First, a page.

To murder like Raskolnikov

I have to share a good and very interesting quote with you. Selma Lagerlöf said it once, and this is what she uttered:

”I wish that I could be Raskolnikov for just one day, so that I could murder someone just to see how it feels.”

Whew, creepy. Selma Lagerlöf, that nice old storyteller lady that won the Nobel Prize in Literature in 1909 for her ”spiritually insightful” works (those were the words of the Swedish Academy when they awarded her the prize). Oh my. Did she carry these dark thoughts around? Oh well, I suppose it is quite a common feature for us humans, to wish that we had the ability to do something without having to deal with the consequences.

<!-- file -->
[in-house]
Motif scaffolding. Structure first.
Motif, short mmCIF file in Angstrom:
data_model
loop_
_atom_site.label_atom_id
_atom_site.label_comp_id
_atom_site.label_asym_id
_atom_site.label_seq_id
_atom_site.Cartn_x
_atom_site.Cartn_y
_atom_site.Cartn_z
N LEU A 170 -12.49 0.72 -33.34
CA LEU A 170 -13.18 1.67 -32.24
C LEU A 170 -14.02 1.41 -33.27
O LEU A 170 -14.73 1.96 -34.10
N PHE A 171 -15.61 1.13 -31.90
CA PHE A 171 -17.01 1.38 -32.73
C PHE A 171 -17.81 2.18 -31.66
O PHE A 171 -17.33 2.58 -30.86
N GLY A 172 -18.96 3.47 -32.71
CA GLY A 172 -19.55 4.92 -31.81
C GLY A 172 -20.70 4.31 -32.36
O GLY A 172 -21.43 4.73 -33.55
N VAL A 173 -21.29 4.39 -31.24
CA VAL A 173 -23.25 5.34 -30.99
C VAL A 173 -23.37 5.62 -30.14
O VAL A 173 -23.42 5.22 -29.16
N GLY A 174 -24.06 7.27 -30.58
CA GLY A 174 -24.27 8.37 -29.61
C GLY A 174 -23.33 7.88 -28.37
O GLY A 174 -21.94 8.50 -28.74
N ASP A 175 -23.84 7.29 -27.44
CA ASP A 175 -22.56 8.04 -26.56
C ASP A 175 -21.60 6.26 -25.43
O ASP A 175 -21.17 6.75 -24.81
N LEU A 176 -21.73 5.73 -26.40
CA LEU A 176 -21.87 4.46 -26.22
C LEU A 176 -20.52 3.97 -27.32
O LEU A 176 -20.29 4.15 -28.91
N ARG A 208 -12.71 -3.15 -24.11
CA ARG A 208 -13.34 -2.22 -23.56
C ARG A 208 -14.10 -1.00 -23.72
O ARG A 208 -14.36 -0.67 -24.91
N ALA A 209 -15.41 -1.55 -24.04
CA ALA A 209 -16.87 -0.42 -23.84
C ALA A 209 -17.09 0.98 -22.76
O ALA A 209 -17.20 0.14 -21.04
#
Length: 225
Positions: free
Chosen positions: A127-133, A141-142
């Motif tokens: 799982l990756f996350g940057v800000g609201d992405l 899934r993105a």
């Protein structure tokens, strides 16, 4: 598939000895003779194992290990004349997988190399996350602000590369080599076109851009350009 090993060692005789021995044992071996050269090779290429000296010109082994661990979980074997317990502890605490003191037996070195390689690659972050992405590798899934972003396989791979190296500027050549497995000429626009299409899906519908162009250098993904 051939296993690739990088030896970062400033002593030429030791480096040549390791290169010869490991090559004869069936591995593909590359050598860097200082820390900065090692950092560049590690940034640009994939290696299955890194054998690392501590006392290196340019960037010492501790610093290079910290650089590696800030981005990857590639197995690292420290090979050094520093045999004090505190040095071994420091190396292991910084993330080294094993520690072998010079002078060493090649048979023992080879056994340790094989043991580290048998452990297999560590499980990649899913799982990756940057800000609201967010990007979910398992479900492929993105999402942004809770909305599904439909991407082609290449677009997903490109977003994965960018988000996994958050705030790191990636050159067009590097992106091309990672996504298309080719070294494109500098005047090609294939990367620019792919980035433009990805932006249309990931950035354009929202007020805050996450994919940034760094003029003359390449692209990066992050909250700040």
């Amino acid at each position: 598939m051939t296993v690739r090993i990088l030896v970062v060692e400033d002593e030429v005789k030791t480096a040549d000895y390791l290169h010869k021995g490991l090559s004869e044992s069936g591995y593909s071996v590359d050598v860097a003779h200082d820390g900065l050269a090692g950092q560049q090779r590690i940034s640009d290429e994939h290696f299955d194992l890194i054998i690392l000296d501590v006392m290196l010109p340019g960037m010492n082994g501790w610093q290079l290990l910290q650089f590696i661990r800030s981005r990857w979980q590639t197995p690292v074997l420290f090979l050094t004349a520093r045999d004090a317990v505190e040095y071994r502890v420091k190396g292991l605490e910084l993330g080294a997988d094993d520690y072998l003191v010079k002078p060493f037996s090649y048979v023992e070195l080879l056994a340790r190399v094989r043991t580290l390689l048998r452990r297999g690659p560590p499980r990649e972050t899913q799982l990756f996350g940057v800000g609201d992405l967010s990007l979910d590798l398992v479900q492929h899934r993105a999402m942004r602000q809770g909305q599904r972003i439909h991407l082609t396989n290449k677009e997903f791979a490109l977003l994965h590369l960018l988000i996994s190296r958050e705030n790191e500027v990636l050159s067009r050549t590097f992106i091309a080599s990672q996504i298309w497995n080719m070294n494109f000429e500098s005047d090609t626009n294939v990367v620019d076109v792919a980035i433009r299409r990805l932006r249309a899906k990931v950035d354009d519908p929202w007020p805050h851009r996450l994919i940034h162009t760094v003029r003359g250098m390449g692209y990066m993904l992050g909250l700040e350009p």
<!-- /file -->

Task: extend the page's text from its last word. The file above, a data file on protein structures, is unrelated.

Raskolnikov, oh yes, back to the domains of old Dostoevsky. I wonder if he would have liked to murder someone? Did he feel compelled to channel the desire into the sinister protagonist that amaze and disgust readers even this day? Maybe. Maybe not. If ever I meet a scholar on Dosto, I wil ask him, or her. Maybe he knows. Or she.

What do you think, Jake (he just finished reading the book)? What impression did you get from reading Crime and Punishment? Did you like Raskolnikov, did you long for the ethical freedom, or decay, to venture out on the same path as he did?

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